Fun with Squashing Django Migrations Pt. 2

- 2 mins

This is part two of a previous article on squashing Django migrations to lighten the memory load on your system.

You can read Part 1 here.

Update Django’s Migrations Table

Now that you’ve consolidated all your past migrations into squashed migrations, you will need to update Django’s migrations table to let Django know that you don’t actually need to run the squashed migration since your database already exists.

Using the --fake parameter for Django’s migrate command, you can tell Django to skip a migration and label it as if it has already been applied. The syntax is as such:

python migrate --fake app_label migration_name

When this command is run, Django will mark all migrations from 0001 to migration_name as already executed. If you accidentally typed in a migration that was too far ahead, you can just call the command with an earlier migration and it will mark anything past that migration as undone.

IMPORTANT: This is why you SHOULD NOT have squashed any migrations that have not already been migrated. If you have accidentally done so, your un-migrated changes will not be run unless you destroy your database and re-construct it with the squashed migration. BUT it is not too late as you can simply delete the squashed file and revert any dependencies that were changed to point to the squashed migration. If you have deleted your old migrations, read on to find out how to restore them with Git.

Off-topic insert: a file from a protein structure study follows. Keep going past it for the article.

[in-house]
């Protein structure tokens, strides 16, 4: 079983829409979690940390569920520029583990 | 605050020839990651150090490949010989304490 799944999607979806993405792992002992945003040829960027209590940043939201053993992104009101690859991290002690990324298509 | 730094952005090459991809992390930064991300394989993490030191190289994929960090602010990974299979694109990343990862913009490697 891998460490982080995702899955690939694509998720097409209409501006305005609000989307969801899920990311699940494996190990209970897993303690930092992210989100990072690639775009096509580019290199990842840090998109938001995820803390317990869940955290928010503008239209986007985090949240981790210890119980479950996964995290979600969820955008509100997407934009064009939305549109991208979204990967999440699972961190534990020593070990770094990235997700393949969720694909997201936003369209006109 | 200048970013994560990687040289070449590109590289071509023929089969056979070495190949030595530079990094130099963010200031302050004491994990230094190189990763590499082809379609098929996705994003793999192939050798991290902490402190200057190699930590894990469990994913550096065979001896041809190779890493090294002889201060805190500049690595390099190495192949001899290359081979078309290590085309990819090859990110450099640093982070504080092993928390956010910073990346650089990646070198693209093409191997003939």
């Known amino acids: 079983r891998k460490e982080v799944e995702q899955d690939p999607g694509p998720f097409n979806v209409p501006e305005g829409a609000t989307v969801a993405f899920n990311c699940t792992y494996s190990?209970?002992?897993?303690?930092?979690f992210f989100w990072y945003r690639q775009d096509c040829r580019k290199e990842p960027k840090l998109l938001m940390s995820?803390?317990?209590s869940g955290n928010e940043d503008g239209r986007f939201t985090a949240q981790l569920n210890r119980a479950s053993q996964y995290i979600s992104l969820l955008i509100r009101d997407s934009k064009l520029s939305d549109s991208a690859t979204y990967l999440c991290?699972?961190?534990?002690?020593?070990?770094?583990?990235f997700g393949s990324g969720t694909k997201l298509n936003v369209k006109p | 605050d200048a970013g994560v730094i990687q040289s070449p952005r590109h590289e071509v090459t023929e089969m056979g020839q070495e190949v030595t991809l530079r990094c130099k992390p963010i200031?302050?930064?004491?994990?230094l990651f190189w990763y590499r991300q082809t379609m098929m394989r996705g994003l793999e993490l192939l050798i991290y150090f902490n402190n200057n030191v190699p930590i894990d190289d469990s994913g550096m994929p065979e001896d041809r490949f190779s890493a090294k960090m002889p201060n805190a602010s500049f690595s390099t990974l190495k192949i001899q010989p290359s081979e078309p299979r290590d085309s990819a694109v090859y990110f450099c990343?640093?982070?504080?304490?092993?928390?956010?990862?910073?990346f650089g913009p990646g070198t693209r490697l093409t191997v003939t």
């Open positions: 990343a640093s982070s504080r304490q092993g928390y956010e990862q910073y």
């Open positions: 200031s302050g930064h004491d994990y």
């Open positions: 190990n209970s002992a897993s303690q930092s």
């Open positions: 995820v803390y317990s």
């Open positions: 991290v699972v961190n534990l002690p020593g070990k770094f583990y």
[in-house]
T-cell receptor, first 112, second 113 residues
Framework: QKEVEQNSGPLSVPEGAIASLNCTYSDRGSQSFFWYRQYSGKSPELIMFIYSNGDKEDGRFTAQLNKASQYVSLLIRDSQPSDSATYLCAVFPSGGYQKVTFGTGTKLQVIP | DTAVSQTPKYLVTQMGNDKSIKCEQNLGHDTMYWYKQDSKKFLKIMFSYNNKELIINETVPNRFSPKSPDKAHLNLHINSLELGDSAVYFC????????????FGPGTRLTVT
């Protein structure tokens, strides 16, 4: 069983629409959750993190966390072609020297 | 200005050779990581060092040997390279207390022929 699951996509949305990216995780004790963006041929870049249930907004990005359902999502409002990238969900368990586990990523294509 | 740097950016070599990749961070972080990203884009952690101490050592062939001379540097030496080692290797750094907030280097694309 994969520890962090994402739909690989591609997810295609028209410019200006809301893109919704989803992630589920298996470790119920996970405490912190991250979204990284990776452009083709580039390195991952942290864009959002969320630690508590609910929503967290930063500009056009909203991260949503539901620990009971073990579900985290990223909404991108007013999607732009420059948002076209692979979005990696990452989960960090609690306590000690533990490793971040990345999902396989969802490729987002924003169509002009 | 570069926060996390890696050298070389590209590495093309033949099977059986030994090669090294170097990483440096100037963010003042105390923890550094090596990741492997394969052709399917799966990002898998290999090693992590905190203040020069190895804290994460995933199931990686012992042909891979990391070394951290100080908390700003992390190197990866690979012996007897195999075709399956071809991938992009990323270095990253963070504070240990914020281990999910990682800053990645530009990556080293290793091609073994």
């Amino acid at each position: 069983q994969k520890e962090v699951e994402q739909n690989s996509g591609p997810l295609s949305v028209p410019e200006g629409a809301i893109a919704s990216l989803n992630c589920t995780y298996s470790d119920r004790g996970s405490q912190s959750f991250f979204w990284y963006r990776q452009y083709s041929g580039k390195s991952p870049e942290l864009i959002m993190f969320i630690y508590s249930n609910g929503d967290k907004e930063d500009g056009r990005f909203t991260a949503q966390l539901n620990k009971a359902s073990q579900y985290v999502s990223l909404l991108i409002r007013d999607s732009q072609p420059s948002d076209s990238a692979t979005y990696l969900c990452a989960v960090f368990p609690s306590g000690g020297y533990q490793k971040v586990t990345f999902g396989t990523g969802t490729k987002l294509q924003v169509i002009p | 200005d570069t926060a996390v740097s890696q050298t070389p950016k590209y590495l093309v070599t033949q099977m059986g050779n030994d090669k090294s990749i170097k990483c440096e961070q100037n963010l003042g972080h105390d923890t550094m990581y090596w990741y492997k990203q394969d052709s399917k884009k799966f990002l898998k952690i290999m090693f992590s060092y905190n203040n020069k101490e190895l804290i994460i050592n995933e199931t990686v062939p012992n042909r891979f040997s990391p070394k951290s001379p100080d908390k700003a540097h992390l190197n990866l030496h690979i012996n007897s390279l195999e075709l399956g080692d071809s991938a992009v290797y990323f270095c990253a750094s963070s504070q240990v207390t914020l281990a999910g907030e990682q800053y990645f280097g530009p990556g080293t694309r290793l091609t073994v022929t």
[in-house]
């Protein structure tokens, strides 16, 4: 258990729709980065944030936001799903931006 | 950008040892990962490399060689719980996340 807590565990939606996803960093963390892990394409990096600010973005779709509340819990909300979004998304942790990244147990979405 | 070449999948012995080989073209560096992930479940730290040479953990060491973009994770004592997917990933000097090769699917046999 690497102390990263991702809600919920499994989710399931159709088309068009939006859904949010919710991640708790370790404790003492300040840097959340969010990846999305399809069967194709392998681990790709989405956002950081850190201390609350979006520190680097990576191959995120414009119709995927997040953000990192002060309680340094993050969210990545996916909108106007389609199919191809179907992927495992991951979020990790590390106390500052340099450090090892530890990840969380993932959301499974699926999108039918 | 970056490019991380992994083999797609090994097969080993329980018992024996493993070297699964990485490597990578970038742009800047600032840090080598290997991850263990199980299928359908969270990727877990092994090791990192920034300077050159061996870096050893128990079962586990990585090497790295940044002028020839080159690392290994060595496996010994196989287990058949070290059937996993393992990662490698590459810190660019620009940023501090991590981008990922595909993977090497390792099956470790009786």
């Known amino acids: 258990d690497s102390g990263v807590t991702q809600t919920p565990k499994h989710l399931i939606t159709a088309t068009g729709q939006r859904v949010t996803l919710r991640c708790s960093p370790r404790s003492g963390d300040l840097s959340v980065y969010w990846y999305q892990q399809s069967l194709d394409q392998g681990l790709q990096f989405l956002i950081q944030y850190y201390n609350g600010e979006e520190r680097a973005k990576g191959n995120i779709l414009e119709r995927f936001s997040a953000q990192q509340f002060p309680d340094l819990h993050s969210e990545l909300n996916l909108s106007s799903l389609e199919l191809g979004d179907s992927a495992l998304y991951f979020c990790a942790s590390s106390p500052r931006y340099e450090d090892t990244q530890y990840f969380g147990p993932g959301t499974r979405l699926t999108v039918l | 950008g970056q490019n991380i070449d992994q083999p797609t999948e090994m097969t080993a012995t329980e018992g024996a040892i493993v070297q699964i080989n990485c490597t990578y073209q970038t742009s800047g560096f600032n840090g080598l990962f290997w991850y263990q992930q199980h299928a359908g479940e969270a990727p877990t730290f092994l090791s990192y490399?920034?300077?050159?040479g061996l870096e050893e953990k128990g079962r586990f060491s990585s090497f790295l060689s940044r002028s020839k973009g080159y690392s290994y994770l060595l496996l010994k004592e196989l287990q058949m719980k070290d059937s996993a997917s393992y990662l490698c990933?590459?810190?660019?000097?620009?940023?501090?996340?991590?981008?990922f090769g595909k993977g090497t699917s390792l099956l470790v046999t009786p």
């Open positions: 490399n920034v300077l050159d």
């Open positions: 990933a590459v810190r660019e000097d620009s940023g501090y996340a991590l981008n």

Do Your Work and Revert Once Done

Once you have applied and made your migrations, you can use Git to revert your migrations to the way they were before. If you run git status, you will notice that all the migrations that you had deleted earlier will be listed as “deleted”. Run git reset HEAD . to restore all the files you deleted and then run git checkout -- . to revert all changes made to existing files. If you created any migrations, they will not be affected since they are new files. Once you have reverted all old files you will be able to remove the squashed migration file, add any new migrations and commit them.

Note that this is a very simple umbrella solution so you will need to verify that you did not define any custom dependencies or make any changes to existing files that you wanted to keep.

Well Done!

By now you should have successfully squashed your migrations, run and made any new migrations, and reverted everything back before committing it to your repository! If I’ve missed something or if you have a more efficient method I’m all ears.

Eric Su

Eric Su

MBA and software engineer building products for high-growth teams.